This question is a trap surrounded on all sides by delusion. First, she is acting as if she is a local. She is presupposing that since she has regularly vacationed down on the island for many years, that she is a permanent fixture, in the mix with the local community. She has made a sub-category in her mind where she is a “kinda-local.” This is a little White lie she tells herself in order to feel less guilt for owning a vacation house on someone else’s island. I know this guilt. I deal with it way differently. Second, she has now begun her attempt to feel superior to me and Erin, in regards to our status on the island. I’ve found this to be a pretty common social feature of wealthy people, while being a total waste of time and energy. And it’s particularly inappropriate in regards to an island that no people present have any real native social currency.
“We’ve been coming down for about 30 years now,” I reply. I’m both not giving in to her nonsense, nor continuing this full on loony-bin of a conversation that, I remind you, is taking place atop the water in the middle of our picturesque morning snorkel. 
I’m now annoyed, borderline angry, and this woman is showing no signs of slowing down. She’s telling me that she’s been coming down that long too (who cares). I’m thinking maybe her own family won’t talk to her, I don’t know. But our Lady of the Bay is significantly cock-blocking our special snorkel together, and I start suspecting she’s going to pull bagels and cream cheese out of her kayak’s back hatch, and start a whole Coffee Talk episode with us. "I’ll give you a topic, St. John is neither a saint nor a john. Discuss."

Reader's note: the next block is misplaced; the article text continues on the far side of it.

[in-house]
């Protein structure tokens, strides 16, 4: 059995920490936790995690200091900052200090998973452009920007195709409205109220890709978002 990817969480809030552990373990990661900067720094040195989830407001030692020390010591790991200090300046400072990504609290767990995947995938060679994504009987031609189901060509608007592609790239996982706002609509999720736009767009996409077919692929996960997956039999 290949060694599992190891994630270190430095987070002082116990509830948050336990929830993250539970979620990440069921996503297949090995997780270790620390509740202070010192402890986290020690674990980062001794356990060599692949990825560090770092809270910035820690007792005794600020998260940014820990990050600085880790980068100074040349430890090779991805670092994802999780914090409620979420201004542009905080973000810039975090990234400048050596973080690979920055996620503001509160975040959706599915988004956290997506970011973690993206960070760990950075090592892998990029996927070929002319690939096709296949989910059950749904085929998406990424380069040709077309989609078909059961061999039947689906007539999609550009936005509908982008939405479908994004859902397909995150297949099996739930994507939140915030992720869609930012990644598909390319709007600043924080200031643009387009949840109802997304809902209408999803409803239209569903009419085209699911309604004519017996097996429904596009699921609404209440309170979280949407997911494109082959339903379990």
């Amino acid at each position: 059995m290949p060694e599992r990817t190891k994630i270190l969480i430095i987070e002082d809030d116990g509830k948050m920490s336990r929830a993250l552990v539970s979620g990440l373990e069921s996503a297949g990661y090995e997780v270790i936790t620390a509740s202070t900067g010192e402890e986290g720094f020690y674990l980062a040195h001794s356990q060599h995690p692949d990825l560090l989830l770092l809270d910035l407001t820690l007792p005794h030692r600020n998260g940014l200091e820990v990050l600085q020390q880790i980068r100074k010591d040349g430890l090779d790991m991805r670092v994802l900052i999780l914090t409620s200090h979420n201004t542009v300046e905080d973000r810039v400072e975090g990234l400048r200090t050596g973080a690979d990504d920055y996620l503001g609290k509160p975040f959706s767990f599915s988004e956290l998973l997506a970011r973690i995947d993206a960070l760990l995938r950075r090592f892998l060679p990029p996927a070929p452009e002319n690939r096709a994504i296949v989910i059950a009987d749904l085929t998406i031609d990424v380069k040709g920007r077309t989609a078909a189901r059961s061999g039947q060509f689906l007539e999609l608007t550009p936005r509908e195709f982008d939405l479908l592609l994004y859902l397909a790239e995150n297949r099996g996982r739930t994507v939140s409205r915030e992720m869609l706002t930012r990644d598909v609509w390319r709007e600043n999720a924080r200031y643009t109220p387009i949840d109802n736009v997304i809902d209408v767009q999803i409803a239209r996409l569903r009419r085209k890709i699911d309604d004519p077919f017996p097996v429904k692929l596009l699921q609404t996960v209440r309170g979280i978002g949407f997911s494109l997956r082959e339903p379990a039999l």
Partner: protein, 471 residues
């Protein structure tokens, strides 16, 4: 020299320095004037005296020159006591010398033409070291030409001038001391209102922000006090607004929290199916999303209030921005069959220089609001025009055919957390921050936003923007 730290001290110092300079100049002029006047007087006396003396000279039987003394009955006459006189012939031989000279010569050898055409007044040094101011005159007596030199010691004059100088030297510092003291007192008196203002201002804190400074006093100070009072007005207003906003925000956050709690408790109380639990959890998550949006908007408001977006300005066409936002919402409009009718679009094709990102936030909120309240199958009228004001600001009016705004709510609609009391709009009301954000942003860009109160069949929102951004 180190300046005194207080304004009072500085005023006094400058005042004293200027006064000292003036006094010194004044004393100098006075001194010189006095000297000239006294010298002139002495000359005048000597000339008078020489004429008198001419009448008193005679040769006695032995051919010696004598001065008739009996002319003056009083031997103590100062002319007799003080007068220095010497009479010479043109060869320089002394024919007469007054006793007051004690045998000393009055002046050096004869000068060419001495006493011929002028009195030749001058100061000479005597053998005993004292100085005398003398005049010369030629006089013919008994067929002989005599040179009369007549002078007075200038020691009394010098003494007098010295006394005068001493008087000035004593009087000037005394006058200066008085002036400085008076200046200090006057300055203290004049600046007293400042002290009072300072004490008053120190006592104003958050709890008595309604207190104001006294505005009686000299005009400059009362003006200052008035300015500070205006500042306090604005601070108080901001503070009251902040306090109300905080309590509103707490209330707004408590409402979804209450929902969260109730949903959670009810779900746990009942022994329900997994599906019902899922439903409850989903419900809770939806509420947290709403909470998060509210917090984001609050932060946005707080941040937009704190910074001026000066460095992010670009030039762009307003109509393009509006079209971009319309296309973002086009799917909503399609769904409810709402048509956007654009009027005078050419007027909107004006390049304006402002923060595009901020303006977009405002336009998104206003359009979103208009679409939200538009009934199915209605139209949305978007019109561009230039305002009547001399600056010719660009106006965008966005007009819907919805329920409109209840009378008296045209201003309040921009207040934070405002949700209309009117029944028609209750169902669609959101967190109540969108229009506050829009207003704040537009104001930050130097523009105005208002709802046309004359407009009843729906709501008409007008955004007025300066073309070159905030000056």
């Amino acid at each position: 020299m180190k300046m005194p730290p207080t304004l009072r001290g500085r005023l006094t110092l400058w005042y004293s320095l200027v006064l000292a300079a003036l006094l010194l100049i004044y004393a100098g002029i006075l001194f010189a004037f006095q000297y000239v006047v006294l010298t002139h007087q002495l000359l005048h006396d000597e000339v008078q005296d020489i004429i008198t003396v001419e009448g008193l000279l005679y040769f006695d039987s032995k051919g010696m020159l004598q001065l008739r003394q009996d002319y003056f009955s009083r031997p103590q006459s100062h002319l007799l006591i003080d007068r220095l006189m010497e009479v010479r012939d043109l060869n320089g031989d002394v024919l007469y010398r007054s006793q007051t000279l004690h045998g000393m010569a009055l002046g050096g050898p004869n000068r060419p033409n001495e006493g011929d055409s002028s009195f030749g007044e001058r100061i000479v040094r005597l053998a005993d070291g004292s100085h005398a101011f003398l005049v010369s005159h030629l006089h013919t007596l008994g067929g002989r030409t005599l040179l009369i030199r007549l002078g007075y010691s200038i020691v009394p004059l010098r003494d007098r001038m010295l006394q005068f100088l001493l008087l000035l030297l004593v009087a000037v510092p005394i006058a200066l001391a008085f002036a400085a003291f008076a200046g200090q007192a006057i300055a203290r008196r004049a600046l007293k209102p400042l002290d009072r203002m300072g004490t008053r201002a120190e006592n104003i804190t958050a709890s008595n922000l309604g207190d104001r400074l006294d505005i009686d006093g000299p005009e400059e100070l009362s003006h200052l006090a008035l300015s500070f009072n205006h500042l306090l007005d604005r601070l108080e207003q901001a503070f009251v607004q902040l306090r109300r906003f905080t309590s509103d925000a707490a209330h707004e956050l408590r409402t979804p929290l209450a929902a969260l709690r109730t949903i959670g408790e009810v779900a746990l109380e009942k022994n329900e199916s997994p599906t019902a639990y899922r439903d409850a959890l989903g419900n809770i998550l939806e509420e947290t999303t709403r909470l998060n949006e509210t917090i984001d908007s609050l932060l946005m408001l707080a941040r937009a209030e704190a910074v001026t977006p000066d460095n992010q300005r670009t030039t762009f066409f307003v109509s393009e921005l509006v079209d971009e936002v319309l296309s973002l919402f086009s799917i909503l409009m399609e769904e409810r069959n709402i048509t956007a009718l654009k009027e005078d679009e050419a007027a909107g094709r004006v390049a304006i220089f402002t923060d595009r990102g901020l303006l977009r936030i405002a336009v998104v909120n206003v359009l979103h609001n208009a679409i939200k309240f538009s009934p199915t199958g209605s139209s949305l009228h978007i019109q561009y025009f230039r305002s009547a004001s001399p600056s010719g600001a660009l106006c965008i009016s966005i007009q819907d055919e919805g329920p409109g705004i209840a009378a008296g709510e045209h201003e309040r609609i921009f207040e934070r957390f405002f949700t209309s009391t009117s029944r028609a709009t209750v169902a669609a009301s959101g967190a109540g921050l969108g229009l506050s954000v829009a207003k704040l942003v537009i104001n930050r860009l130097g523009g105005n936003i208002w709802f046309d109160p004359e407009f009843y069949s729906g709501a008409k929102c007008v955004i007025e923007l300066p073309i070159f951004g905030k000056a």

My wife has taken over the conversation, as she realizes I’m steaming. Lady of the Bay is here to dish, and no amount of polite hinting will end her quest for more and more of our attention. 

The Lady of the Bay tried chatting up this duck as well. 
And then, in a moment of anger, liberation, and absolutely zero frontal lobe activation I say, clear and loud, “Well, OK then, have a Merry Christmas!!!,” and begin to reapply my mask. 

I’m Jewish!,” she immediately responds offended, “We JUST talked about that!”

I have never previously in my life wished a stranger an absent-minded Merry Christmas. Ever. This was the first time. And I swear I didn’t say it with malice in my heart. I really didn’t. If “seeing red” is a thing, then that was my brain state when the words escaped. And, make no mistake, they were words of escape. They were my best chance to continue my snorkel unmolested. But. At the same time. I have written extennnnnnnnnnnnnsively about how much I hate Christmas’s all encompassing mix of church, state, and capitalism. How it is has become the “flesh” colored crayon of religious holidays. The fact that I dropped a C-bomb on this woman so reactively is, to me, the funniest, most hilarious morsel of this whole tale. It is the most unexpected beauty found floating in the middle of a Caribbean Sea.